Encarnacion's blast lifts Blue Jays to walk-off

Three-run homer gives Toronto two-game sweep over Brewers

Encarnacion's blast lifts Blue Jays to walk-off

TORONTO -- Edwin Encarnacion didn't speak to reporters prior to the Blue Jays series finale against the Brewers, but he delivered a message through the team's public relations staff.

"I'll talk to them after the game, when I hit a home run," Encarnacion's message said.

And true to his word, there Encarnacion stood with a smile on his face after hitting a walk-off three-run homer against the Brewers to give the Blue Jays a two-game series sweep at Rogers Centre on Wednesday.

Encarnacion sent a 3-1 slider from Brandon Kintzler to the second deck in left field in the ninth as Toronto edged Milwaukee, 7-4, and wrapped up a nine-game homestand with a 5-4 record. The Blue Jays now embark on a 10-game West Coast road trip that will lead them into the All-Star break.

"For me, it's the best moment you have," Encarnacion said of the third walk-off homer of his career. "For any player, to have a walk-off home run ... everyone is happy on the team, and now we have a five-hour, happy flight to take [to Oakland]."

After Jose Reyes led off the ninth with a double to left field, Melky Cabrera was intentionally walked, putting two on with no out. Following a failed sac bunt attempt from Anthony Gose and a strikeout by Darin Mastroianni, Encarnacion came the plate to face Kintzler.

The Brewers reliever said he and catcher Martin Maldonado were trying to pitch around the Blue Jays slugger, hoping to get him chasing an outside pitch. And if they walked him, so be it.

"If anything, we were just trying not to give him anything on the plate. He's not the one you want to let beat you," Kintzler said. "We were trying to let him chase, and if he was going to chase, great. If not, we'll go to the next guy. At 3-1, either I should just bounce a sinker and walk him, or throw a slider away, off the plate. It definitely didn't go where I planned it."

The homer was Encarnacion's 150th with the Blue Jays, moving him past Lloyd Moseby for sole possession of seventh on the club's all-time list.

It was a big day for Encarnacion, who was making only his fourth career start in left field as Toronto manager John Gibbons scrambled to piece together a solid-hitting lineup with Jose Bautista manning the designated hitter's role for the second game in a row. Bautista hit his second solo homer in as many days in the first inning.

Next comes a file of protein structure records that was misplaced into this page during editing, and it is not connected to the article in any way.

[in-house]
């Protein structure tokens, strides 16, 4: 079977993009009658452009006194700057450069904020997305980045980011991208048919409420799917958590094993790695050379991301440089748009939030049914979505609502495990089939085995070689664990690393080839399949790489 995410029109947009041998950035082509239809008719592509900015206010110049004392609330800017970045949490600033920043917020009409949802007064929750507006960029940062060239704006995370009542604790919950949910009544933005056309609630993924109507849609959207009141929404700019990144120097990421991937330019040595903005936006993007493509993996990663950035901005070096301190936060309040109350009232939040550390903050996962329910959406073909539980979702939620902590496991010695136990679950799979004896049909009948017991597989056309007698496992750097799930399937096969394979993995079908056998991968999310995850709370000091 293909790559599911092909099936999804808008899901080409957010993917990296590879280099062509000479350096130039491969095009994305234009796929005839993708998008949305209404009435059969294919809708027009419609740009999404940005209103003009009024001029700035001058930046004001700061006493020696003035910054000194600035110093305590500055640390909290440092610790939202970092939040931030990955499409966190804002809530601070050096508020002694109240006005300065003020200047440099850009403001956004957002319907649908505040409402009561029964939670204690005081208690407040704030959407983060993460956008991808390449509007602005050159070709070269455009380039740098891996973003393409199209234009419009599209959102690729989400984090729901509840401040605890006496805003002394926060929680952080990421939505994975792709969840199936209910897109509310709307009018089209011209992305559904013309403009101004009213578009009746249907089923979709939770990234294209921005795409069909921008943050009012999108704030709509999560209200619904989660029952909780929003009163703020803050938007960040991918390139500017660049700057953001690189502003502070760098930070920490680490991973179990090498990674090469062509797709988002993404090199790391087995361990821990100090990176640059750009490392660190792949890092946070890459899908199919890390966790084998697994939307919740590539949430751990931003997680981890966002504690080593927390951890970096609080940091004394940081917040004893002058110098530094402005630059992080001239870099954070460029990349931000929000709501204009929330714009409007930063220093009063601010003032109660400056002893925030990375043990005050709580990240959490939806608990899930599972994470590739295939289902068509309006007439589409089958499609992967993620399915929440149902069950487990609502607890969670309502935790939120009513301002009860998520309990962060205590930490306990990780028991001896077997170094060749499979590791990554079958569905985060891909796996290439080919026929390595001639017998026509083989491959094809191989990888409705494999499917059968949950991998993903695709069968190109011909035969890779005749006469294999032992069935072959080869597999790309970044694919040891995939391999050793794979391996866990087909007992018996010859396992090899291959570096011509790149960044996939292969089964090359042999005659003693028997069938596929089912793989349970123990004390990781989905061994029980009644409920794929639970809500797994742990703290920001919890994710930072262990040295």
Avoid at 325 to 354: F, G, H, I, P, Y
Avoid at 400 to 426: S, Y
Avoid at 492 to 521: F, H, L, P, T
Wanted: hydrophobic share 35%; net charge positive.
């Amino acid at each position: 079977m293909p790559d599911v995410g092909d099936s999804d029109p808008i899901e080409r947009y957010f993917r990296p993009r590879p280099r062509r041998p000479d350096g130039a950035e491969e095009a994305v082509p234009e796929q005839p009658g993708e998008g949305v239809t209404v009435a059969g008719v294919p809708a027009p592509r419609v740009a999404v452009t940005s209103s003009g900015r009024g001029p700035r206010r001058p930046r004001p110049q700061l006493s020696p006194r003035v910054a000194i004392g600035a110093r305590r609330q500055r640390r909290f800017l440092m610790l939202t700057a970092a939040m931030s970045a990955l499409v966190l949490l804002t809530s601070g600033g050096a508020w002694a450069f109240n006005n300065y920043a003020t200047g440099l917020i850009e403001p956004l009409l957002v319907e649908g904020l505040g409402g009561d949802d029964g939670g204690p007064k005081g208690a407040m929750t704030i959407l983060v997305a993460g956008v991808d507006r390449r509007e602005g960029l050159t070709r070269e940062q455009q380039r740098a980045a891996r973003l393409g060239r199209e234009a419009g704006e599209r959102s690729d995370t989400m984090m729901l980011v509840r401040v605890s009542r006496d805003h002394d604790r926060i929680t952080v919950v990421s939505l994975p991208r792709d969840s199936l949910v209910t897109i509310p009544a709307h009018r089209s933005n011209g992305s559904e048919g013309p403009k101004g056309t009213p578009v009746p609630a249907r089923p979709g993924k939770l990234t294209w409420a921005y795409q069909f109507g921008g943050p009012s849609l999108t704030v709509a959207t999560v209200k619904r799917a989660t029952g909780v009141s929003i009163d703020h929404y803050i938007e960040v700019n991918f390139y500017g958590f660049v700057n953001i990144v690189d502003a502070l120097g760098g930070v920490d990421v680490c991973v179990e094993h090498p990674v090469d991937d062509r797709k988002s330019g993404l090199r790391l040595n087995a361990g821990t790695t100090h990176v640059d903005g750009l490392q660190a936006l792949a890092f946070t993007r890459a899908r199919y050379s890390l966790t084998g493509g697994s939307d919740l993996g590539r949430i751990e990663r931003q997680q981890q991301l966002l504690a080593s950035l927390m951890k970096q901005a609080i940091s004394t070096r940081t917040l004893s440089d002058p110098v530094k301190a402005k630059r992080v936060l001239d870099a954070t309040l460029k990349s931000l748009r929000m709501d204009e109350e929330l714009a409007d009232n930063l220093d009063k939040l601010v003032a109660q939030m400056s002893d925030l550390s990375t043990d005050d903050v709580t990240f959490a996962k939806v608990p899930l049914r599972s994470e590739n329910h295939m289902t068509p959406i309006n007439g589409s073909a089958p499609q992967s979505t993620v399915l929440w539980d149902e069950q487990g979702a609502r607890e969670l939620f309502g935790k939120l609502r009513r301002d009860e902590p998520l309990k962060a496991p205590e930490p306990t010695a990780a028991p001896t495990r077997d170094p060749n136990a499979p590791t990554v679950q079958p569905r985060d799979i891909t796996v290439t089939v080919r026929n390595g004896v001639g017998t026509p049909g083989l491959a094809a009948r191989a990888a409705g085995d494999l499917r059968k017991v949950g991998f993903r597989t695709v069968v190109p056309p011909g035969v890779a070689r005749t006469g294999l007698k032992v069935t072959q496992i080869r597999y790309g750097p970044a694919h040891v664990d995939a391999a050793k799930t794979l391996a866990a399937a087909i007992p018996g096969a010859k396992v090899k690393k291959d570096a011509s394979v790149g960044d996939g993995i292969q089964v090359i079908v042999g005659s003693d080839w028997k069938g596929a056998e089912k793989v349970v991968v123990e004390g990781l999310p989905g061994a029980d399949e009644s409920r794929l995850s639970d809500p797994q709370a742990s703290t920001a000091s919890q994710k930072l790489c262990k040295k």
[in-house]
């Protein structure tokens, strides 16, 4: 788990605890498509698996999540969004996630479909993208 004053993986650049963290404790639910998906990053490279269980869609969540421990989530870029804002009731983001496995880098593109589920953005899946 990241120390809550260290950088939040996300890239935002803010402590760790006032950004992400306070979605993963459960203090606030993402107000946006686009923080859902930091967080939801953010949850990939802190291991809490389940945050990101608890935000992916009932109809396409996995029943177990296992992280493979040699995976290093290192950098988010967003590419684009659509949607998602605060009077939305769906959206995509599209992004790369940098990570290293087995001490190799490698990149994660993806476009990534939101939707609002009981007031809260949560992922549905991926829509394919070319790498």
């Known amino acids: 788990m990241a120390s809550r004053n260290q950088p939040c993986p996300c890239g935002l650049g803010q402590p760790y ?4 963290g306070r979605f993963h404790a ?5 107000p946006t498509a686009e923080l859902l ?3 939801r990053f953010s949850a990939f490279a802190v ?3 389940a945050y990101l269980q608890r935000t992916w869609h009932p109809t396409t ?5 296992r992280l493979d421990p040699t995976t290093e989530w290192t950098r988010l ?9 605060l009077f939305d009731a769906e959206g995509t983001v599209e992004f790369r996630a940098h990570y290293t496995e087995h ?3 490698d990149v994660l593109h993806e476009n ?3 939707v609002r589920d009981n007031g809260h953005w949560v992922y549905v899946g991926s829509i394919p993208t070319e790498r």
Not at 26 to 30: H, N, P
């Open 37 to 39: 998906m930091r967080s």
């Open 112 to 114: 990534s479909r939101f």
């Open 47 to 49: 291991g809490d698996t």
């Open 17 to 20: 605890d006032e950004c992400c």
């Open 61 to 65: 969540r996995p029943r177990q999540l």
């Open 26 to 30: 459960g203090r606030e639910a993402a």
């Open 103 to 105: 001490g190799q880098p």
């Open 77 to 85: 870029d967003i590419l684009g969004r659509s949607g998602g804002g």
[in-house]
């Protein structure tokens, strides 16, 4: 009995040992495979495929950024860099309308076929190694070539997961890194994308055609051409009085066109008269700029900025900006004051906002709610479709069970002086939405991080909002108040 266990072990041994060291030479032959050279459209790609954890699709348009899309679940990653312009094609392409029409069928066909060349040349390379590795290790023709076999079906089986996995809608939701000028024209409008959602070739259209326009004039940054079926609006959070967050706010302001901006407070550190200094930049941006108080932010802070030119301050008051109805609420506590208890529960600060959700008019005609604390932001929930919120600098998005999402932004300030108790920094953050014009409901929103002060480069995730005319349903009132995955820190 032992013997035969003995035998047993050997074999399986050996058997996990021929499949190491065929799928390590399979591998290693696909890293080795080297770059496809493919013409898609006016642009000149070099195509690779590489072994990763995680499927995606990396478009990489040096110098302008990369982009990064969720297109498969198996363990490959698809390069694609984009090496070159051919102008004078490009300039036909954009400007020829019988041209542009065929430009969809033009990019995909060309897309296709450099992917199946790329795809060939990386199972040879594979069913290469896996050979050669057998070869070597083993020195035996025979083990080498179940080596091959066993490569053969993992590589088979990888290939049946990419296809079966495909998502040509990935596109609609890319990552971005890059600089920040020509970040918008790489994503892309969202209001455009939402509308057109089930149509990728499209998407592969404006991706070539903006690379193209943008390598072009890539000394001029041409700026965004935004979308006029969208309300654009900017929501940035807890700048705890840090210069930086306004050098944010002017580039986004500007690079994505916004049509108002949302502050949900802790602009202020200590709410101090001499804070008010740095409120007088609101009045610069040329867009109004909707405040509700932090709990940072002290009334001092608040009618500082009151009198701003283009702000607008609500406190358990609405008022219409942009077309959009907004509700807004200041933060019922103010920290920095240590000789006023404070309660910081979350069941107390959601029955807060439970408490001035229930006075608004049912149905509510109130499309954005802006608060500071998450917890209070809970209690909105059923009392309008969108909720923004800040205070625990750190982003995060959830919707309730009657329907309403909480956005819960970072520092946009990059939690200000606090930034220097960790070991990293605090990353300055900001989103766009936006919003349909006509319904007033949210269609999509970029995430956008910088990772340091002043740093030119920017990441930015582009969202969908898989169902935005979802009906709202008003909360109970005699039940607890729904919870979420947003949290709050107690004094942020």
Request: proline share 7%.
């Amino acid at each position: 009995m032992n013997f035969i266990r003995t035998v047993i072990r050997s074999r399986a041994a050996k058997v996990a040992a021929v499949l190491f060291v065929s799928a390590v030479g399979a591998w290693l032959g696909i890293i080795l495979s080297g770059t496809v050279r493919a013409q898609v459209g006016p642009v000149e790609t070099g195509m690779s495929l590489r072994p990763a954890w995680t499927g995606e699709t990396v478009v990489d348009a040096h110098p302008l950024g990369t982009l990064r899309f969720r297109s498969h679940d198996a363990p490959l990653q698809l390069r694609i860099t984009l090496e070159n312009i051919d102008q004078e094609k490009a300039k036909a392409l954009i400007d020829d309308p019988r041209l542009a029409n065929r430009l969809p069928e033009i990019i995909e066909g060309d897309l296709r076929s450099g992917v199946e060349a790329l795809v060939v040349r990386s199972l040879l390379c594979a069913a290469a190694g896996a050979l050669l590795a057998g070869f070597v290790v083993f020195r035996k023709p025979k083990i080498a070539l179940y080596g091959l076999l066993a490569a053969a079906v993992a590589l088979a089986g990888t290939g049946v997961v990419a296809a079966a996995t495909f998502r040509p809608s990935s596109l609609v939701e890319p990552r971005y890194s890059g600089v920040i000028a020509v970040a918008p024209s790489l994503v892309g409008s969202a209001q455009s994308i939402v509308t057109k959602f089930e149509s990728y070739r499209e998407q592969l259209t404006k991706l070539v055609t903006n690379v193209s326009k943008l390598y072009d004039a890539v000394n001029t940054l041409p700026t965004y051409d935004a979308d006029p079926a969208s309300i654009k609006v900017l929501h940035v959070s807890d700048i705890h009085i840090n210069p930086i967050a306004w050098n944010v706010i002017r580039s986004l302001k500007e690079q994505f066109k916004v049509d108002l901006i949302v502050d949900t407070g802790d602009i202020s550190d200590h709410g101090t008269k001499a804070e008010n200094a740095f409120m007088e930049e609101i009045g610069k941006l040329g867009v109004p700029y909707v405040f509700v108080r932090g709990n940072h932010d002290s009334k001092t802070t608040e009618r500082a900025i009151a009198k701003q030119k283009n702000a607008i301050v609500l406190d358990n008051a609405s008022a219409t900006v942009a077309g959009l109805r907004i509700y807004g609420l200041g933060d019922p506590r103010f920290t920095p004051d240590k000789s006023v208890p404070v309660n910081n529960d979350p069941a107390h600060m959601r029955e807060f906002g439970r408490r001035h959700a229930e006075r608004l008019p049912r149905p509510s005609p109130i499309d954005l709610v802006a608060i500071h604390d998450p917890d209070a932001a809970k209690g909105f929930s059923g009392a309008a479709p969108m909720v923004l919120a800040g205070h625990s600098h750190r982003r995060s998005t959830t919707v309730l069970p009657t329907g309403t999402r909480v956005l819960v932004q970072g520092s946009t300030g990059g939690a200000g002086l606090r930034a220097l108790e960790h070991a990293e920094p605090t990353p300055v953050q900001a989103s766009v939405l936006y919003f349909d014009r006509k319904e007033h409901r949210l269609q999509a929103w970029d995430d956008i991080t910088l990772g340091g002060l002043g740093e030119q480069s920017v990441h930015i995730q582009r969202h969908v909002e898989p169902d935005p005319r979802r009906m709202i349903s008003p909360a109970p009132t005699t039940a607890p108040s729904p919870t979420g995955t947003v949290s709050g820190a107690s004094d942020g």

Left-handed-hitting Adam Lind, who had a rare day off against a righty on Tuesday, was back in the lineup at first base and hitting cleanup, meaning the Blue Jays' skipper had to find a place in the field for Encarnacion.

The 31-year-old Encarnacion said he was happy his foray into the outfield was an uneventful one.

"I don't want any ground balls or any fly balls, so that's good for the team," Encarnacion said. "I figured I'd just try to do whatever I can do to get the best lineup we can have on the field so we can win games."

The win gives the Blue Jays their fourth walk-off of the season, and the big-hitting club has now hit 19 homers in the past 13 games.

A 4-4 deadlock persisted from the fourth inning, when Juan Francisco swatted a game-tying two run shot to right field.

Toronto looked poised to break the game open in the seventh, when Cabrera led off the inning with a double before Bautista walked to drive Brewers starter Wily Peralta from the game. But with Zach Duke in to pitch, pinch-hitter Mastroianni laid down a bunt that was easily played by Milwaukee catcher Maldonado, and the Brewers went third to first to double up the Blue Jays.

It was one of two poorly executed bunts on the afternoon by Toronto, something that should not have happened, said Gibbons.

"You gotta get those down. if that's what your role is, you gotta get those down," he said.

While Casey Janssen earned the win on the mound, pitching a scoreless ninth for the Blue Jays, it was starter J.A. Happ who did most of the heavy lifting. He went seven innings, giving up six hits and four earned runs without a walk.

Happ allowed a run in the first and was knocked around for three in the third, but he settled in and allowed only one hit in his last four innings.

Jamie Ross is an associate reporter for MLB.com. This story was not subject to the approval of Major League Baseball or its clubs.